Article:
One of the most difficult realities I’ve had to face as an adult, as a priest, as a husband, and as a father is waking up to the reality of the complexity of each human person I encounter, including myself. This continuous process of discovery has me regularly seeing places of spiritual progress and immaturity in my heart first of all. All leading to the unmistakable conclusion that the taming of the passions, the disciplines that lead to my desires being my servants rather than my masters, is at the very heart of the wisdom and purpose of the Faith!
And with that eureka comes an issue I’m wrestling with today: Rules or Disciplines? Wisdom or Obligation? What do I do with the paradox of the scriptures that unmistakably teach that we have to Obey AND we are made for Freedom?
Look at our lesson today in Galatians 3:23-29; 4:1-5:
Brethren, before faith came, we were confined under the law, kept under restraint until faith should be revealed. So that the law was our custodian until Christ came, that we might be justified by faith. But now that faith has come, we are no longer under a custodian; for in Christ Jesus you are all sons of God, through faith. For as many of you as were baptized into Christ have put on Christ. There is neither Jew nor Greek, there is neither slave nor free, there is neither male nor female; for you are all one in Christ Jesus. And if you are Christ’s, then you are Abraham’s offspring, heirs according to promise. I mean that the heir, as long as he is a child, is no better than a slave, though he is the owner of all the estate; but he is under guardians and trustees until the date set by the father. So with us; when we were children, we were slaves to the elemental spirits of the universe. But when the time had fully come, God sent forth his Son, born of a woman, born under the law, to redeem those who were under the law, so that we might receive adoption as sons.
So, St. Paul is trying to get these Galatians, most of which were not raised in Jewish homes, to not buy into the heresy that they had to be Jewish before they could be Christian. Its kind of like the false notion that you have to be Greek, or Russian, or Serbian, or Romanian, or (fill in the blank of your favorite ethnicity) before you can become Orthodox. That notion is, has always, and will forever be, false.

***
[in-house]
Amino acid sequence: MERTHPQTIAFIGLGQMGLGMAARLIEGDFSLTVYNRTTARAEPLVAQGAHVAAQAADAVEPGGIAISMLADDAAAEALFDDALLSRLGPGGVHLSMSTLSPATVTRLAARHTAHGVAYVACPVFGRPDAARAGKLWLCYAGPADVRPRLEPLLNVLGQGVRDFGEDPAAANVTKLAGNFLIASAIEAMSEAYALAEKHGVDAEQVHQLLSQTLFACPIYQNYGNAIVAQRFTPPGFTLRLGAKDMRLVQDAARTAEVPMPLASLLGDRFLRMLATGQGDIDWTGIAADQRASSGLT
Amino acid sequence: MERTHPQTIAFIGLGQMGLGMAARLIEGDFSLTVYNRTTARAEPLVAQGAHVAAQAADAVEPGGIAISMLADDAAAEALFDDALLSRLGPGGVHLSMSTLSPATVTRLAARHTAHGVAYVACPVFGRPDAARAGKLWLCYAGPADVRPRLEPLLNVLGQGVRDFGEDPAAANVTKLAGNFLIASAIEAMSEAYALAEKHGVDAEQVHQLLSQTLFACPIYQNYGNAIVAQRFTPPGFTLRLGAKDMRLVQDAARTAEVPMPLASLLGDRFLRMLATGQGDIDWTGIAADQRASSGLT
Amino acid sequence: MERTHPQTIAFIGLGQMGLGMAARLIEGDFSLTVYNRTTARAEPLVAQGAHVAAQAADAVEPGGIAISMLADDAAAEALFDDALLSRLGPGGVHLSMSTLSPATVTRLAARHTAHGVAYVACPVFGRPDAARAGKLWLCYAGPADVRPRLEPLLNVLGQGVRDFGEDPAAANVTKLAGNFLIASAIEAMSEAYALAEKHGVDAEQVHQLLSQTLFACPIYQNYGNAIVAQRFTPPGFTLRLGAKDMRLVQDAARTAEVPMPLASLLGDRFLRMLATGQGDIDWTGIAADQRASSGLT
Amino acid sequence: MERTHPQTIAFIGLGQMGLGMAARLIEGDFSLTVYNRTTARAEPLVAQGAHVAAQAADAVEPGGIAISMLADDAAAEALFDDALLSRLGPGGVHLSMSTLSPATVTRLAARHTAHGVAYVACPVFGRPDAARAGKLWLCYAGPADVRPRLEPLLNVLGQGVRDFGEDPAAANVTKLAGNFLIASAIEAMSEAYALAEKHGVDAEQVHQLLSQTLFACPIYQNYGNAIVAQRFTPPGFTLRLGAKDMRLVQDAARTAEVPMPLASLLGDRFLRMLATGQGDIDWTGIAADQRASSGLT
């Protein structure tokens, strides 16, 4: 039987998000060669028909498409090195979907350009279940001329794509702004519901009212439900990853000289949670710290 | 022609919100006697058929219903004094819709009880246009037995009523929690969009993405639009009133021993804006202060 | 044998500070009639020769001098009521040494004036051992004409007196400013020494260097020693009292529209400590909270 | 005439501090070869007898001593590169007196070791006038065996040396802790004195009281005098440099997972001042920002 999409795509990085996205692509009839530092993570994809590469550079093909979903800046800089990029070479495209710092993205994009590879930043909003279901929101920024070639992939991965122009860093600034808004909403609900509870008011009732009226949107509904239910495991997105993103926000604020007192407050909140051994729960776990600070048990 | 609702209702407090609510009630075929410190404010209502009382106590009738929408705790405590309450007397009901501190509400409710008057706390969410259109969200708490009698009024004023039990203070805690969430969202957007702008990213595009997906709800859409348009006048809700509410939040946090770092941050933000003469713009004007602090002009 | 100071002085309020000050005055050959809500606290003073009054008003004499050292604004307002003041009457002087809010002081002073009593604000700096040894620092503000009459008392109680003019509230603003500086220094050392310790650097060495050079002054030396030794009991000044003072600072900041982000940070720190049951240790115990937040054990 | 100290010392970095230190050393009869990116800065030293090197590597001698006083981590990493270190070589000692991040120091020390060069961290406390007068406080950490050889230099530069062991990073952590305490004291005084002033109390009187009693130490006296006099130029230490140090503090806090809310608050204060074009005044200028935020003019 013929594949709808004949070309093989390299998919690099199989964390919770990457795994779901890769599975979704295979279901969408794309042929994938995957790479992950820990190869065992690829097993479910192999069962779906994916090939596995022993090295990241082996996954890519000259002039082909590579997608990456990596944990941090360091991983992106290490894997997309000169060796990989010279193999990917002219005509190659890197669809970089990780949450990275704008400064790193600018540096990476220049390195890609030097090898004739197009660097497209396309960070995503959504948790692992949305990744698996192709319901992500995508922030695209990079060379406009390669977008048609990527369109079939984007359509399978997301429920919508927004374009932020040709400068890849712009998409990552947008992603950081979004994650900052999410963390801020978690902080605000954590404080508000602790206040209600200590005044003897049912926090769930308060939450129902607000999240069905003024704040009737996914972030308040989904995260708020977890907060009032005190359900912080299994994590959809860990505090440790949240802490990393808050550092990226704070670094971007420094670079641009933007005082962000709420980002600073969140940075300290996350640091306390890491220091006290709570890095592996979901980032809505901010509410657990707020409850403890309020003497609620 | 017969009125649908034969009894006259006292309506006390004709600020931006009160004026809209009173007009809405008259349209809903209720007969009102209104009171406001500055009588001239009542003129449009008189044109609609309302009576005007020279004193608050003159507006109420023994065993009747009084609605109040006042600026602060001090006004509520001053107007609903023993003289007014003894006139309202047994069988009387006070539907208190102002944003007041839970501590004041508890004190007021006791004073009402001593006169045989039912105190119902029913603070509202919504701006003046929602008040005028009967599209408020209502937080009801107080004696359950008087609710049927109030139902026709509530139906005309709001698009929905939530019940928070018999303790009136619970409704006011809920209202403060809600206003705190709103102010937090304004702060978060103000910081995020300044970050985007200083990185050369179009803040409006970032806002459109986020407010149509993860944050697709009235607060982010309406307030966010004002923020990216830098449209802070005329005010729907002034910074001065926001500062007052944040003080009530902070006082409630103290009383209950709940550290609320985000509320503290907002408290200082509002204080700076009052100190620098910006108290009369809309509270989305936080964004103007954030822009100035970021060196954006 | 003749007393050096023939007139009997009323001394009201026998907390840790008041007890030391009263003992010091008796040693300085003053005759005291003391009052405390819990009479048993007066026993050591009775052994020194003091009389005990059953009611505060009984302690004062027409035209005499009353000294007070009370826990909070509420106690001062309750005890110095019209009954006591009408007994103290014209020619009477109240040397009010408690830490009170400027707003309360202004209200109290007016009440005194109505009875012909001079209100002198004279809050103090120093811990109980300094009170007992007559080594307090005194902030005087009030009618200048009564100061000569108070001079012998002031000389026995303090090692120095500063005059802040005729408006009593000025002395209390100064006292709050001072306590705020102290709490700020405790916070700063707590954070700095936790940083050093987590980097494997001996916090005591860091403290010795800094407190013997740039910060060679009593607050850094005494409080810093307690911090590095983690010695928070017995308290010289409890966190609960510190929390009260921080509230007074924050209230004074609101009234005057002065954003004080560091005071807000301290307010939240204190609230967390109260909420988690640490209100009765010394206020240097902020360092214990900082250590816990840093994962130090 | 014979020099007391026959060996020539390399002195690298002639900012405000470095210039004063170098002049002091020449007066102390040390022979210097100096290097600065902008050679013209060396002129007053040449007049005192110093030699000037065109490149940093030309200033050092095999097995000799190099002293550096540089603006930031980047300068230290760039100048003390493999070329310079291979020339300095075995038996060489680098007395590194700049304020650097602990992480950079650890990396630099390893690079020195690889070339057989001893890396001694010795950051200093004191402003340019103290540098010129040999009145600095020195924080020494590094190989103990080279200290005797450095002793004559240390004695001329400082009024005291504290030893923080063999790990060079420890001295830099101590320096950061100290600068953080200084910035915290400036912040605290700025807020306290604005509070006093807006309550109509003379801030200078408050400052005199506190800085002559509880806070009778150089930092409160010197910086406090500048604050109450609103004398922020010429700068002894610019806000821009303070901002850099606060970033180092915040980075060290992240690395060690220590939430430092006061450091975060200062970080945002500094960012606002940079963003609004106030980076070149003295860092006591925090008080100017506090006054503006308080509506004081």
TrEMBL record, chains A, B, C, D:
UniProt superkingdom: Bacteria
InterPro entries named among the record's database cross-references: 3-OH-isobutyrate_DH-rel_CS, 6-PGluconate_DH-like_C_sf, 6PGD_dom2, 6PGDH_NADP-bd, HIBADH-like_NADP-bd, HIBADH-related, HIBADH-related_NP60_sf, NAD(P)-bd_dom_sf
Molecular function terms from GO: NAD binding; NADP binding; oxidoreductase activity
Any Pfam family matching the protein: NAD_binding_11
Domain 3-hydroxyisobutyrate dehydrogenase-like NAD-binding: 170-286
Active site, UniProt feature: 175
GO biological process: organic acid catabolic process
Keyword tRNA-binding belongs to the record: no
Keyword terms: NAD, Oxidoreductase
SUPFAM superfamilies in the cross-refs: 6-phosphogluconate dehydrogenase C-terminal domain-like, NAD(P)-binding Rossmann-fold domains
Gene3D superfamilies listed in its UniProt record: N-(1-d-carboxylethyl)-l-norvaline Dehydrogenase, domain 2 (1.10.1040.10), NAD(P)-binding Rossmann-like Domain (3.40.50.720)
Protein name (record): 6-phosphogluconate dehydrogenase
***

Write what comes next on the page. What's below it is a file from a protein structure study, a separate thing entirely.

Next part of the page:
St. Paul refuses to call the Jewish practices of the Law that had actually become second nature to the Jews, bad. In fact St. Paul insists that the Law, the ritual rules, and regulations, were our “custodian” until Christ came.
This means that the “rules and regulations” serve a vital purpose in our maturity and development, and always will. There is a great benefit in the humble honesty of realizing you need boundaries to not just keep you safe (that’s too small a motivation to produce anything else but slavery) but to train your inner self to recognize the dangers in life when they come. Most of my biggest mistakes in my life have come when I was asleep to the “cliffs” of my own intoxicated actions devoid of the wisdom of maturity. I bet you can see that in your life as well.
So, the purpose of the “rules and regs” is to train you, to form you, to teach you to recognize when your passions are out of control. They serve as the “custodian” until we grow up enough to value our relationship with Jesus ABOVE our own immediate desires! And that “grown-up” place isn’t some “magic moment” when “poof” “I’m saved” as much as it is a day by day choosing from my freedom to realize the treasure the Faith gives me in giving me Jesus! That treasure is nothing less than actually “putting on” Christ at my baptism, becoming “Abraham’s offspring,” and “heirs” of the promise of new life in Christ.
Today, don’t despise or dismiss the wisdom of the rules and regulations.” You do so at your own peril. Embrace them as the valuable tools they are to show you the dangers of undisciplined desires. Then, don’t stop! Keep growing up until you realize the unspeakable joy of being Orthodox on Purpose!